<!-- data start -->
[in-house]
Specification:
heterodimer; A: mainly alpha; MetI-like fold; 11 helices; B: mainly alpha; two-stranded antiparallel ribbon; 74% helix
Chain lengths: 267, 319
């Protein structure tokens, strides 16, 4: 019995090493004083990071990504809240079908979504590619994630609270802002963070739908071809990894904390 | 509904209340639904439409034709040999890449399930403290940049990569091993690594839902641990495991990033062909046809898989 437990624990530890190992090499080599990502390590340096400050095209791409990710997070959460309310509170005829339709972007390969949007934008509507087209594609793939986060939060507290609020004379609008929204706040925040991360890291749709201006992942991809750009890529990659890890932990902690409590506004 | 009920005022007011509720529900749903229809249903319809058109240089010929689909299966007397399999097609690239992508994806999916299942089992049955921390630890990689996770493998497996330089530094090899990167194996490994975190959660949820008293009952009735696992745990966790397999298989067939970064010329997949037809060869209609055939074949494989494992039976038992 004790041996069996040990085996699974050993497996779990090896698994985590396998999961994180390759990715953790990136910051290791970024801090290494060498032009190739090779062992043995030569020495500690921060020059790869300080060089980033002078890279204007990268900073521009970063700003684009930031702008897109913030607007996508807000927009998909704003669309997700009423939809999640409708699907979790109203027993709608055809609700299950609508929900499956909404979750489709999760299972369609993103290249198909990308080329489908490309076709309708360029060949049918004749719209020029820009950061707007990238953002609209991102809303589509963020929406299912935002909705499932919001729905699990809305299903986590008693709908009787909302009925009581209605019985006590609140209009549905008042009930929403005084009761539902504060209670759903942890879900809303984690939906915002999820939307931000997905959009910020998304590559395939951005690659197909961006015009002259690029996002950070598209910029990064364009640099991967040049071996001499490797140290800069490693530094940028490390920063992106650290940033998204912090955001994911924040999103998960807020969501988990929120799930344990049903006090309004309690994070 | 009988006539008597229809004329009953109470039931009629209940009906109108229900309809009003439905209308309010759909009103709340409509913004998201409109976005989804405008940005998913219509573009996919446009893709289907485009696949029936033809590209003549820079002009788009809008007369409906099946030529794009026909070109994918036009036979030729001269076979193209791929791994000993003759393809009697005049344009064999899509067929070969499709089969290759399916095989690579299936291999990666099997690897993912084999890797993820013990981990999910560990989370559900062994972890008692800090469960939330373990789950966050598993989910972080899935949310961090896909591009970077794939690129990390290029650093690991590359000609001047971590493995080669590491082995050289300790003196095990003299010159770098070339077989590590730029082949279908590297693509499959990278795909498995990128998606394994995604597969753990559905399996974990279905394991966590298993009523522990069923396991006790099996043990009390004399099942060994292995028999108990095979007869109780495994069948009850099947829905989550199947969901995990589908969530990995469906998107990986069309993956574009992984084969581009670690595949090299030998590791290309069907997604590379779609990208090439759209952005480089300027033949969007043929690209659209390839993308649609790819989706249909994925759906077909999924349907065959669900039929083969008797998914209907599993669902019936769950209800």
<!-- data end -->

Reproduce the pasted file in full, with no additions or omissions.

[in-house]
Specification:
heterodimer; A: mainly alpha; MetI-like fold; 11 helices; B: mainly alpha; two-stranded antiparallel ribbon; 74% helix
Chain lengths: 267, 319
């Protein structure tokens, strides 16, 4: 019995090493004083990071990504809240079908979504590619994630609270802002963070739908071809990894904390 | 509904209340639904439409034709040999890449399930403290940049990569091993690594839902641990495991990033062909046809898989 437990624990530890190992090499080599990502390590340096400050095209791409990710997070959460309310509170005829339709972007390969949007934008509507087209594609793939986060939060507290609020004379609008929204706040925040991360890291749709201006992942991809750009890529990659890890932990902690409590506004 | 009920005022007011509720529900749903229809249903319809058109240089010929689909299966007397399999097609690239992508994806999916299942089992049955921390630890990689996770493998497996330089530094090899990167194996490994975190959660949820008293009952009735696992745990966790397999298989067939970064010329997949037809060869209609055939074949494989494992039976038992 004790041996069996040990085996699974050993497996779990090896698994985590396998999961994180390759990715953790990136910051290791970024801090290494060498032009190739090779062992043995030569020495500690921060020059790869300080060089980033002078890279204007990268900073521009970063700003684009930031702008897109913030607007996508807000927009998909704003669309997700009423939809999640409708699907979790109203027993709608055809609700299950609508929900499956909404979750489709999760299972369609993103290249198909990308080329489908490309076709309708360029060949049918004749719209020029820009950061707007990238953002609209991102809303589509963020929406299912935002909705499932919001729905699990809305299903986590008693709908009787909302009925009581209605019985006590609140209009549905008042009930929403005084009761539902504060209670759903942890879900809303984690939906915002999820939307931000997905959009910020998304590559395939951005690659197909961006015009002259690029996002950070598209910029990064364009640099991967040049071996001499490797140290800069490693530094940028490390920063992106650290940033998204912090955001994911924040999103998960807020969501988990929120799930344990049903006090309004309690994070 | 009988006539008597229809004329009953109470039931009629209940009906109108229900309809009003439905209308309010759909009103709340409509913004998201409109976005989804405008940005998913219509573009996919446009893709289907485009696949029936033809590209003549820079002009788009809008007369409906099946030529794009026909070109994918036009036979030729001269076979193209791929791994000993003759393809009697005049344009064999899509067929070969499709089969290759399916095989690579299936291999990666099997690897993912084999890797993820013990981990999910560990989370559900062994972890008692800090469960939330373990789950966050598993989910972080899935949310961090896909591009970077794939690129990390290029650093690991590359000609001047971590493995080669590491082995050289300790003196095990003299010159770098070339077989590590730029082949279908590297693509499959990278795909498995990128998606394994995604597969753990559905399996974990279905394991966590298993009523522990069923396991006790099996043990009390004399099942060994292995028999108990095979007869109780495994069948009850099947829905989550199947969901995990589908969530990995469906998107990986069309993956574009992984084969581009670690595949090299030998590791290309069907997604590379779609990208090439759209952005480089300027033949969007043929690209659209390839993308649609790819989706249909994925759906077909999924349907065959669900039929083969008797998914209907599993669902019936769950209800």